These are straight-line feed rates, but even on extremely contoured and complex shapes, cutting speed will average nearly 100 percent of the maximum feed rate. Linear motor drives are designed to help deliver these results. They can provide high acceleration and deceleration rates and deliver stiffness to maintain ±0.001-in. positioning accuracy.

Figure 7—a motor lamination—shows the kind of intricate parts that lasers can cut from thin material at very fast speeds.

On prismatic, straight-line parts, high-speed cutting can allow laser cutting of sheet metal cases, containers, cabinets, panels, and myriad similar components, especially on an as-needed basis to reduce work-in-process.

Laser capabilities can open up opportunities for creative designs and methods. For example, laser cutting allows use of tabs and slots to simplify assembly and reduce or avoid the need for fixtures in welding and joining.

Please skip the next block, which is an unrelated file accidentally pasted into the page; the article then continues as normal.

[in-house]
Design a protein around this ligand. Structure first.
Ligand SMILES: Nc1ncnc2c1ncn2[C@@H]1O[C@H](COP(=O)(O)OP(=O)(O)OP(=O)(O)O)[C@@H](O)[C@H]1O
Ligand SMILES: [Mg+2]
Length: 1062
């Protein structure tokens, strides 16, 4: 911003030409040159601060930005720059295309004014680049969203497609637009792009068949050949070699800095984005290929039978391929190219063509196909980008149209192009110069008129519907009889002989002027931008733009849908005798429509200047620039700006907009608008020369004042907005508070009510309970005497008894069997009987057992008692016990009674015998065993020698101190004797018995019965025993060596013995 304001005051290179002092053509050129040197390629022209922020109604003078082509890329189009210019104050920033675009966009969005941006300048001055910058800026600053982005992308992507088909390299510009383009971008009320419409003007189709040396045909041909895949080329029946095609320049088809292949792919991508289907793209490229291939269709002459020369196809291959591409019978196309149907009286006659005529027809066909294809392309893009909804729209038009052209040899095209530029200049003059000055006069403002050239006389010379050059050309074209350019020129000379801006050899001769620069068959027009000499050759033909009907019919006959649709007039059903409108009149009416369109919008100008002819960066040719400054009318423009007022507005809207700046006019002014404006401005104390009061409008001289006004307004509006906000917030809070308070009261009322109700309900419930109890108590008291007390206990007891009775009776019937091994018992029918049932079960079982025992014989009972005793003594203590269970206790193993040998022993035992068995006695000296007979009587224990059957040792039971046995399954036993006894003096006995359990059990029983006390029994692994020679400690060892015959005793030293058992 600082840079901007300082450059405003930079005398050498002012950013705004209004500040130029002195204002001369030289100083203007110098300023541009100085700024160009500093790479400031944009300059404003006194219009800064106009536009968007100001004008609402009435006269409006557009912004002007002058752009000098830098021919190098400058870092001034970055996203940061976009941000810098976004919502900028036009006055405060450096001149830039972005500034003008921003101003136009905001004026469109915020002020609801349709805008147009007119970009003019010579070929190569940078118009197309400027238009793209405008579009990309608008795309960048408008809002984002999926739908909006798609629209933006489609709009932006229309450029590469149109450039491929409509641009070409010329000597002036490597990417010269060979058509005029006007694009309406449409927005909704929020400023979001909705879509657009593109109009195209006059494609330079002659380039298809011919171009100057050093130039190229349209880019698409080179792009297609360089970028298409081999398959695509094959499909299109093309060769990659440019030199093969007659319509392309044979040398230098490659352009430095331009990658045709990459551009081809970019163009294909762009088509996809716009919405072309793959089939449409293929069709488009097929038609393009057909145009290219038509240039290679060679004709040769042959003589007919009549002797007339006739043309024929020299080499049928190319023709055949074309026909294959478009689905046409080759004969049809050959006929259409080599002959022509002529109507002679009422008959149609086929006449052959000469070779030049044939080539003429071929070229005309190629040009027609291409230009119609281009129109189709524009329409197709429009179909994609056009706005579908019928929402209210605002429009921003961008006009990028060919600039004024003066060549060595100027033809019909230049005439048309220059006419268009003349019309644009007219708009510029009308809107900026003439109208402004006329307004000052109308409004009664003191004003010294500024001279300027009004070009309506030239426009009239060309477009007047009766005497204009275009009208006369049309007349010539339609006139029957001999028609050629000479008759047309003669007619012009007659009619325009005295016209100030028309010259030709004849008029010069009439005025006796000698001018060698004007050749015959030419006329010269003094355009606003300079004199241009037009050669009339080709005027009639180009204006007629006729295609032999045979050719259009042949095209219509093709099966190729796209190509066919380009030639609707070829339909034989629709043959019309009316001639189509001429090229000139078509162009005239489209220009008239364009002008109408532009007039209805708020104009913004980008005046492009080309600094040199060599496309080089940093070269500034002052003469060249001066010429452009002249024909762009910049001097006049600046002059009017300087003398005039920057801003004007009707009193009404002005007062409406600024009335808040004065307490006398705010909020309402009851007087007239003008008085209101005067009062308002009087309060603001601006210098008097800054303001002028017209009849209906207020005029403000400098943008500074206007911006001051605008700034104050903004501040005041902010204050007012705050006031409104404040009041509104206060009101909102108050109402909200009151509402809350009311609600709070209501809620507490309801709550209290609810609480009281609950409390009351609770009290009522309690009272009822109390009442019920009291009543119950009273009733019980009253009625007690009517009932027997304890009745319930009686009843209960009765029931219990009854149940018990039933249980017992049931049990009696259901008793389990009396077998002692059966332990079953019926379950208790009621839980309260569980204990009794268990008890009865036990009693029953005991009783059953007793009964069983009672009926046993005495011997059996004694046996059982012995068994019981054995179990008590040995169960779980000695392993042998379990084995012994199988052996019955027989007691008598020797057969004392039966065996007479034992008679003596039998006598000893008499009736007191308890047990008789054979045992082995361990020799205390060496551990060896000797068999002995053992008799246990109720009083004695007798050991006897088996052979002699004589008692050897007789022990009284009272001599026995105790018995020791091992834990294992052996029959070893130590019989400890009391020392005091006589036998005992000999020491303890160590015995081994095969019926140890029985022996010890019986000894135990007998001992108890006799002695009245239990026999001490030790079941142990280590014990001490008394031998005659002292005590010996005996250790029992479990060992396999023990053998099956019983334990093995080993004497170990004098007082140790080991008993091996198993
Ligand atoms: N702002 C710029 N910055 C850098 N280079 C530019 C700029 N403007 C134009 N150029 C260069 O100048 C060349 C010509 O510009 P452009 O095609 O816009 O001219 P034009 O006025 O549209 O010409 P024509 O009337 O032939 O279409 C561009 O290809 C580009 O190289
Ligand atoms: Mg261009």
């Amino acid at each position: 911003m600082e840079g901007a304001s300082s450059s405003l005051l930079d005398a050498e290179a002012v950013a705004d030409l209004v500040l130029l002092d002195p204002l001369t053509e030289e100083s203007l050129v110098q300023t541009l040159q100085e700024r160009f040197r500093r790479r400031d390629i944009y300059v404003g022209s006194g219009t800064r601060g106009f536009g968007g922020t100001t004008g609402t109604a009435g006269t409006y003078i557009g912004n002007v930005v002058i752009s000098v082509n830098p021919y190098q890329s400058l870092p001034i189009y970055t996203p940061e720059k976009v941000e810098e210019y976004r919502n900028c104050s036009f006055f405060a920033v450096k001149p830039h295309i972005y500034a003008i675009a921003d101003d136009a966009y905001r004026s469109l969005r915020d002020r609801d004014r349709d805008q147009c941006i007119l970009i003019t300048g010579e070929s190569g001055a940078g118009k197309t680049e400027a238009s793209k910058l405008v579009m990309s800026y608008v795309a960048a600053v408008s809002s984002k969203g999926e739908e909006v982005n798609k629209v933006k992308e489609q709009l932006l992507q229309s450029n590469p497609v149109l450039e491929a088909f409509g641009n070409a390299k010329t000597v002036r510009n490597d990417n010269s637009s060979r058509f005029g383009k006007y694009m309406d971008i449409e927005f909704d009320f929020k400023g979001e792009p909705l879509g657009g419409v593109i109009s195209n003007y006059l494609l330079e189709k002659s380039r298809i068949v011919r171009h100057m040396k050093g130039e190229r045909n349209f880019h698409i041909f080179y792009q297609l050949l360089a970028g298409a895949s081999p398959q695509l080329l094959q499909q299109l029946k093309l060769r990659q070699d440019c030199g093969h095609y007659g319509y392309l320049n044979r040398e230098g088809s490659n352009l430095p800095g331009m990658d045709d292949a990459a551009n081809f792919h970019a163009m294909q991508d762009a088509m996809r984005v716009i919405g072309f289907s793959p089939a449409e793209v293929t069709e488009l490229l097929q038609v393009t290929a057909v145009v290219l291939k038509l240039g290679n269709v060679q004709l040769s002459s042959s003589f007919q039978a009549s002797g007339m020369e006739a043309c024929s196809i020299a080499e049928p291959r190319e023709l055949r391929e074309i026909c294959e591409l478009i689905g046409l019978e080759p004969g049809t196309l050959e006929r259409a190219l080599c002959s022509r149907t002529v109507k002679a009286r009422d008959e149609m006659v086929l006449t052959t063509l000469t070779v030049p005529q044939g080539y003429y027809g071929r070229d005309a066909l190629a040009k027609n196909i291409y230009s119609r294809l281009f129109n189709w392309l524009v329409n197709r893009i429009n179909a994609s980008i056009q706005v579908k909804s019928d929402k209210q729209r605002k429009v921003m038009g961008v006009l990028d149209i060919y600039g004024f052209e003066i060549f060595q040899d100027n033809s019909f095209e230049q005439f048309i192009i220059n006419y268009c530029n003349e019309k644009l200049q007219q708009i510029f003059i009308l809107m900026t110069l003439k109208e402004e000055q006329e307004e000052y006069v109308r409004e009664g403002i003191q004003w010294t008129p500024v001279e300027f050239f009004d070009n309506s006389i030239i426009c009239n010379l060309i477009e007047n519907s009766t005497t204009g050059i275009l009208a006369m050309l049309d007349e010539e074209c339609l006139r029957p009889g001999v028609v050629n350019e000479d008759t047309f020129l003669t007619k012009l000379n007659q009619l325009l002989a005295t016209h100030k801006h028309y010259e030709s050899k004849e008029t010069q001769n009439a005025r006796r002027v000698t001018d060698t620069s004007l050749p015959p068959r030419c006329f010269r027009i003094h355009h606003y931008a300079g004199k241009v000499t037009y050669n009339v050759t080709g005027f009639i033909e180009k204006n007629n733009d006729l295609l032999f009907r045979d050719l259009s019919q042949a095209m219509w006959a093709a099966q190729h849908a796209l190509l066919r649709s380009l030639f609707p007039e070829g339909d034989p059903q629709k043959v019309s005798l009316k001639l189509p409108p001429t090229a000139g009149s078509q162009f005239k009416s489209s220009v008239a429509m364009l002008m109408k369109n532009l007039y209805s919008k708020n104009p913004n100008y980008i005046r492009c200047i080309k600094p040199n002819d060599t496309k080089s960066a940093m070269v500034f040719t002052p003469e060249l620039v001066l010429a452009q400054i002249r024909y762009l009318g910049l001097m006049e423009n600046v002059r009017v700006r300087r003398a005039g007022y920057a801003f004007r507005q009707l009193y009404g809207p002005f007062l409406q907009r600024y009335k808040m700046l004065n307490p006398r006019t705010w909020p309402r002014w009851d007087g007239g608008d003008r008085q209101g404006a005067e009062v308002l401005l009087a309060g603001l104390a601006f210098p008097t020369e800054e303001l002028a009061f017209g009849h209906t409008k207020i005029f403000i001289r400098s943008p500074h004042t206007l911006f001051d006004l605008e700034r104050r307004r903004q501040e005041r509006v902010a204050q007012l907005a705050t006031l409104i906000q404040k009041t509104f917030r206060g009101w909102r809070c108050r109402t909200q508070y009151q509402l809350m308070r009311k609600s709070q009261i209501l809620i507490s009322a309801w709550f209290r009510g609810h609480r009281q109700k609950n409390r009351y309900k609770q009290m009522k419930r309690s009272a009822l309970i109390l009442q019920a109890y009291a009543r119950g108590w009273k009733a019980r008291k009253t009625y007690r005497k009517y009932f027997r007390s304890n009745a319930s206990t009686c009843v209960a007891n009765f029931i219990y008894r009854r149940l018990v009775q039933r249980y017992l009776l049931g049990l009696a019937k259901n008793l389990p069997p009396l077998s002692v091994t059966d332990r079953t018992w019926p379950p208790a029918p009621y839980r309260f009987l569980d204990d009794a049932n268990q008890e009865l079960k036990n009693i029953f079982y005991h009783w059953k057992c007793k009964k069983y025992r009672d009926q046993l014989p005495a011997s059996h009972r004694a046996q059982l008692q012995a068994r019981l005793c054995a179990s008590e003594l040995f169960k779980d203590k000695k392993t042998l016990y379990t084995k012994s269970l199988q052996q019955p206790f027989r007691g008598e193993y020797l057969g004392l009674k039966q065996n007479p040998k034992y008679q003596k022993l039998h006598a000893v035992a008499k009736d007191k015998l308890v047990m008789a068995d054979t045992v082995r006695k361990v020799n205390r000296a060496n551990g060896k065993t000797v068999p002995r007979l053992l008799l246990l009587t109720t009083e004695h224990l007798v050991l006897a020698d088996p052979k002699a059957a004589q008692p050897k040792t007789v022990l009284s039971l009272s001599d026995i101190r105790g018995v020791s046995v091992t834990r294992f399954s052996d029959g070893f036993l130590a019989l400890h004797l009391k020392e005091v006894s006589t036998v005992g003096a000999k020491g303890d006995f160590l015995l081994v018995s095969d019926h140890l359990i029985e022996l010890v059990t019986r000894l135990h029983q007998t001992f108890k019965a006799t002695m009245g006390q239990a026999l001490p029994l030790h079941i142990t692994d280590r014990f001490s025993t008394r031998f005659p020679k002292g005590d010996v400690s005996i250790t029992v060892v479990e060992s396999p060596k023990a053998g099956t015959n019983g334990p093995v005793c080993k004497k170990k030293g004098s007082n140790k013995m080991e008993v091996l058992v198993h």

Transformational Technology

The new, high-powered lasers help fabrication shops to serve a broader range of custom needs. Metal service centers can expand their value-added capabilities, especially by offering contract cutting of geometric and complex-shaped parts. Machine shops can find laser cutting a faster, lower-cost alternative to machining on plate work, while giving them the flexibility to process thinner materials and nonmetals, winning a wider customer base.

Lasers also can be a transformational technology for volume manufacturers of flat parts, offering a means to faster, leaner production.

Rick Neff

Cincinnati Incorporated
Box 11111
Cincinnati, OH 45211
Phone: 513-367-7100

Published In...



The FABRICATOR is North America's leading magazine for the metal forming and fabricating industry. The magazine delivers the news, technical articles, and case histories that enable fabricators to do their jobs more efficiently. The FABRICATOR has served the industry since 1971.

Preview the Digital Edition

Subscribe to The FABRICATOR

Read more from this issue

Related Companies